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Published: July 14th 2008
Sibuyan We would later understand that it was quite a unique thing to see Mount Guiting Guiting’s 2058-meter (6751 feet) peak
. Clouds usually obliterate the view. But there was something special about that day. The waters were unusually choppy (2 - 3 meter / 6-9 feet swells), a flock of frolicking dolphins tracking the boat and then Guiting Guiting. A long concrete platform, which served as our dock, jutted out into the sea. No sooner had the boat pulled alongside it that scores of porters rushed aboard to bid for business. We inched down the stairwell and out into the brilliant sunshine of a Sibuyan midday.
With more than 700 plant species, 130 bird species and numerous rare mammals and reptiles, Sibuyan was nature-lovers’ paradise. We settled in quickly, at a beachfront hotel, and took off along the beach to explore. The beach itself was a long, curving expanse of golden brown sand now thoroughly littered with debris brought in by the huge waves. We walked along until we reached a spot where the Cantingas River flowed into the sea. Here, a group of energetic youngsters, eager to impress, somersaulted themselves off a sand heap and into the waters. We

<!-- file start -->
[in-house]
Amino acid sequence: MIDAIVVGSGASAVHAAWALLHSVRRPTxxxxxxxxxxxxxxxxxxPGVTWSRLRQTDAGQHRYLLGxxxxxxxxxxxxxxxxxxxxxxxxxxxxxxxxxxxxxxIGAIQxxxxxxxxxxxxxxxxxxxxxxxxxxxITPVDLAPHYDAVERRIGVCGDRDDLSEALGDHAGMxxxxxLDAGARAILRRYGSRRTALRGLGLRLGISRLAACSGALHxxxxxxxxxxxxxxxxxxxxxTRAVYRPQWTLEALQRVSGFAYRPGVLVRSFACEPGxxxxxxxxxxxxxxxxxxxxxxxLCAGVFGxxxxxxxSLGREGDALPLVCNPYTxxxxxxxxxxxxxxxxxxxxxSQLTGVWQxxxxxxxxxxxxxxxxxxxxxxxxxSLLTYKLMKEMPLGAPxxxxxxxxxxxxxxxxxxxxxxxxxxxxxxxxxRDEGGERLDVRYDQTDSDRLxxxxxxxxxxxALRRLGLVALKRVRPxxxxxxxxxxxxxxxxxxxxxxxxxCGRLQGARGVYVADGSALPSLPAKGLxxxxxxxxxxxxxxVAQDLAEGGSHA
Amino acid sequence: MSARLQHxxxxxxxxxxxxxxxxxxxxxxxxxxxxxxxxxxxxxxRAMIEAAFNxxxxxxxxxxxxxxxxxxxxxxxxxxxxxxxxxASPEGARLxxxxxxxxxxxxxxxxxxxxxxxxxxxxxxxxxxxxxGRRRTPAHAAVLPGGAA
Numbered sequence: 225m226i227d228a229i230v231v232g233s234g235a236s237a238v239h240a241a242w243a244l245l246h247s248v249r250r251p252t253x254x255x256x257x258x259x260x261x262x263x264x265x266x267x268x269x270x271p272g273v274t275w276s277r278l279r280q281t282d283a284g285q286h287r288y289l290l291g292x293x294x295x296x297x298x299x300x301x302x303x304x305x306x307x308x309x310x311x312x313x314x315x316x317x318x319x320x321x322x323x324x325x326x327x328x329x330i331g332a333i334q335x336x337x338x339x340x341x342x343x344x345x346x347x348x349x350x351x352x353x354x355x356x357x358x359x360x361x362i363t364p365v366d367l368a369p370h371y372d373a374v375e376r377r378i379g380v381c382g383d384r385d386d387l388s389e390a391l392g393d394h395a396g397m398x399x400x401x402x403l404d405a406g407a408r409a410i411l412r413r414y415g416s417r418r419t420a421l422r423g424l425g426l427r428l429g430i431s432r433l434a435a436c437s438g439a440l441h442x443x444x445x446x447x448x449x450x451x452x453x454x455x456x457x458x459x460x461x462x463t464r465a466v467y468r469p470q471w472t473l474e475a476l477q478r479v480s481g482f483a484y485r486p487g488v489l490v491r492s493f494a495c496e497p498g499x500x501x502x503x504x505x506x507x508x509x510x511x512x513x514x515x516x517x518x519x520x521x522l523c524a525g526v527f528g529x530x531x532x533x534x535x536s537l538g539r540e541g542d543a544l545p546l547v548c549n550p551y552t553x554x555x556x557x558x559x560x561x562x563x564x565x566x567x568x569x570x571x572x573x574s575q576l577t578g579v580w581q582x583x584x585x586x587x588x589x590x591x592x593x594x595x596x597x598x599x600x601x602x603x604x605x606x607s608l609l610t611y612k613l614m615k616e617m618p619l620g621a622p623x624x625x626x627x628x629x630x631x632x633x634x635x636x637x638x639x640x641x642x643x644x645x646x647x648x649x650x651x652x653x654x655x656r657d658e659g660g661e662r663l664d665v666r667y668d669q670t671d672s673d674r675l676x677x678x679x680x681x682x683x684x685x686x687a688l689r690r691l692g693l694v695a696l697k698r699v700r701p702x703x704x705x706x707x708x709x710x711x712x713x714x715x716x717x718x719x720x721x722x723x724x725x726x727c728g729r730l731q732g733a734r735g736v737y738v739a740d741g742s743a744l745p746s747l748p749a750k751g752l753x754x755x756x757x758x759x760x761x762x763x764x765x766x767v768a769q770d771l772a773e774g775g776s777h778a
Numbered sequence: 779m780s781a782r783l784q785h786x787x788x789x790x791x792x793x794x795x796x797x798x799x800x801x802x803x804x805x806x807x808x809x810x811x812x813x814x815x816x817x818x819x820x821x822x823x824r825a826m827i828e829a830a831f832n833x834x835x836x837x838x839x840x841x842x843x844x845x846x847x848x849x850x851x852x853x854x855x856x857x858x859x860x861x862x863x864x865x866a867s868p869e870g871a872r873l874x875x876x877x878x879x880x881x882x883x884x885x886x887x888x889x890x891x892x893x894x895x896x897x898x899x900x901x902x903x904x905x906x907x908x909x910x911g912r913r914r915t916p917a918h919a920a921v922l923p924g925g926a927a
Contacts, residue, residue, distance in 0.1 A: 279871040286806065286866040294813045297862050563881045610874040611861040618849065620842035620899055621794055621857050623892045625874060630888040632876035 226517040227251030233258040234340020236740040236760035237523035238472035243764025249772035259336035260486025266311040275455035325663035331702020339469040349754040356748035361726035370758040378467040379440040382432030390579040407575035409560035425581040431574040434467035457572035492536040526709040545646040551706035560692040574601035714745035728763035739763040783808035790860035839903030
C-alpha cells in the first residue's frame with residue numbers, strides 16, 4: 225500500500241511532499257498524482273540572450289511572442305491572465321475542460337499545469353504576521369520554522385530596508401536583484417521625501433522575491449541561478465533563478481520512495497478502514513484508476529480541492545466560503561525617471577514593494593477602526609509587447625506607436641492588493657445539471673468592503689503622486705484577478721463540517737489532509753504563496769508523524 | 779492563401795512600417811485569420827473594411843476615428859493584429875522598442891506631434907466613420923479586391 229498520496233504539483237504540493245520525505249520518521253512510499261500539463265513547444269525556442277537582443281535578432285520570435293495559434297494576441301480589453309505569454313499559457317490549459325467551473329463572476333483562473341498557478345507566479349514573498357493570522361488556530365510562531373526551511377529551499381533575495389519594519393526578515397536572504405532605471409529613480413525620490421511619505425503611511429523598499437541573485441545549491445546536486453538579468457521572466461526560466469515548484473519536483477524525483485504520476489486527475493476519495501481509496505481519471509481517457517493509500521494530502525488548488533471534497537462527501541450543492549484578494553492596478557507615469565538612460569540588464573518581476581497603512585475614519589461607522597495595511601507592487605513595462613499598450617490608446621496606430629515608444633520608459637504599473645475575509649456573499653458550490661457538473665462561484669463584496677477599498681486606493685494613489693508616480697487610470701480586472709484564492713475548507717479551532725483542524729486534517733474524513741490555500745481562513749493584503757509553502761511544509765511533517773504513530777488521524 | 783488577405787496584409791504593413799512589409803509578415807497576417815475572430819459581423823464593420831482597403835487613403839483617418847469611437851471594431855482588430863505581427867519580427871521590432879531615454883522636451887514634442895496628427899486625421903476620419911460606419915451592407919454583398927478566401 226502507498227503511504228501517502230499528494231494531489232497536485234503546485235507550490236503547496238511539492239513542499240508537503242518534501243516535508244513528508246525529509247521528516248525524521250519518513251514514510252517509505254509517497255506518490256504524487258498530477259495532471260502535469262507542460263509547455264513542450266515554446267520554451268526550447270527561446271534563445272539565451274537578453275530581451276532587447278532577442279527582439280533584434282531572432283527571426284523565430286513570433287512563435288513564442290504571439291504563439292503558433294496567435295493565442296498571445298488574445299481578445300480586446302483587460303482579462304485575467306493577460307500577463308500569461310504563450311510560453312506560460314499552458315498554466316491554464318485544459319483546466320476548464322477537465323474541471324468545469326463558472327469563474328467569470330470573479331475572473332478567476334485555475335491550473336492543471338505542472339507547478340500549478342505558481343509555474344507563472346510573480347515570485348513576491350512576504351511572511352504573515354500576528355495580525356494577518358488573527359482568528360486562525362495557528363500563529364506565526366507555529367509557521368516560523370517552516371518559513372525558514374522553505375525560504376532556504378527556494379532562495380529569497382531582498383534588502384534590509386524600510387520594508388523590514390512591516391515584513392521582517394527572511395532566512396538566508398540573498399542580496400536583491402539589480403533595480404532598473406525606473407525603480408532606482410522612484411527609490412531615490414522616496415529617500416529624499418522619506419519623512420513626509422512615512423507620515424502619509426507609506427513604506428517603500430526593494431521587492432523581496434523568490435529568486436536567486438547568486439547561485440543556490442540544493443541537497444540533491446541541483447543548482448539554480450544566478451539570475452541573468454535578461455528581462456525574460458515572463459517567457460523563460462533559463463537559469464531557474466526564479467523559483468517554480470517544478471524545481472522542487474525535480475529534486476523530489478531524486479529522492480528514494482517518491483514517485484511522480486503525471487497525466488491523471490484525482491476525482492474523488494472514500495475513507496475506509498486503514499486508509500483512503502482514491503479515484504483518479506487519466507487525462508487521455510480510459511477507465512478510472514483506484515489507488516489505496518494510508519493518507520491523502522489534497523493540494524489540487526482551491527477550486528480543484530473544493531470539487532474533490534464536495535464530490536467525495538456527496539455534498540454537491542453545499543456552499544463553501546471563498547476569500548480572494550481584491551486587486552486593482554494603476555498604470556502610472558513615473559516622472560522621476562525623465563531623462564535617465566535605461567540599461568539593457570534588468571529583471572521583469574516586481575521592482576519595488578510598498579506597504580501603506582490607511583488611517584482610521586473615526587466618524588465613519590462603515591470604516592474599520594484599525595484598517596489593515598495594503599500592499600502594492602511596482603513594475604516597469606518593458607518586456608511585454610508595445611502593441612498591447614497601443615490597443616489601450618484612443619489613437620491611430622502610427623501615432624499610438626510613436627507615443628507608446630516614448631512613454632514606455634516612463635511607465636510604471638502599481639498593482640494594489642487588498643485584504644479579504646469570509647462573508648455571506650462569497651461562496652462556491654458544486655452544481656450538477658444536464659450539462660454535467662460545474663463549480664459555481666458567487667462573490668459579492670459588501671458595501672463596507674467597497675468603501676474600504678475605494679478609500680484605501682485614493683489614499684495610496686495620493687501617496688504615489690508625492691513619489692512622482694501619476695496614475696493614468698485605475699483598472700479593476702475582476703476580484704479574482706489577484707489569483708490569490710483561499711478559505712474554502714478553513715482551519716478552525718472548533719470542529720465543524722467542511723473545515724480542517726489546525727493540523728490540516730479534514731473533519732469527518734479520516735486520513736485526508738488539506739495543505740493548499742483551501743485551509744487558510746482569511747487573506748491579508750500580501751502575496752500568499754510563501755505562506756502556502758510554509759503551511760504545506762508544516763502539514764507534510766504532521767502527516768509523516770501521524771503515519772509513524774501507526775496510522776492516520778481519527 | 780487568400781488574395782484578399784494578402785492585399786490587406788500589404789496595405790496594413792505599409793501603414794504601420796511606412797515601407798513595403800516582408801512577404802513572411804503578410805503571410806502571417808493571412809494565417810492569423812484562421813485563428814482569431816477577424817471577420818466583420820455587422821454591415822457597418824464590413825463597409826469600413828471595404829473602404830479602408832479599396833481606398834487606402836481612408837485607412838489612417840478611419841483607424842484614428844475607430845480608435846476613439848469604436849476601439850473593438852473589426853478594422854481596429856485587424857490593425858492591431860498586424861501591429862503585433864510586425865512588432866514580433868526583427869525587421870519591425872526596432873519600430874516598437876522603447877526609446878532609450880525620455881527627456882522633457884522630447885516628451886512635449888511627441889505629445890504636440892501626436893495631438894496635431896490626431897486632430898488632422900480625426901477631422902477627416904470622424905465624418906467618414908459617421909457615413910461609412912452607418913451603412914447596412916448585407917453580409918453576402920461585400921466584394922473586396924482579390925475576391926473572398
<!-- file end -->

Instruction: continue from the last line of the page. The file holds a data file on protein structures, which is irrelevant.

spent the better part of an hour being thoroughly entertained by their antics as they struggled to outdo each other.
Rain laid waste to our lofty plans of conquering Guiting Guiting forcing us to beeline thru tiny, winding back roads and trails in search of adventure. We weren't disappointed. It's hard to beat the sight of golden grains of rice between green stalks and jade-colored rivers, the sounds of numerous birdcalls and generally undisturbed nature. Sibuyan ranks high in our list of best nature islands. Exploring aside, we turned our attention to finding a boat bound for Masbate. Everyone we asked had a different departure day and time but they all said that if anyone would know 'for sure'
, it would be Captain Villaganas. Tracking the captain was easy. We were directed thru a maze of streets in a delightful community of flimsy wooden houses with thatched roofs, past a few lazy dogs, energetic children and ultra-curious adults, before reaching Casa de la Villaganas. The captain wasn't home but Wilma, his wife, invited us in. Snacks and drinks appeared almost as quickly as the crowd of curious faces in the doorway and windows. Conversation was easy and wide-ranging. As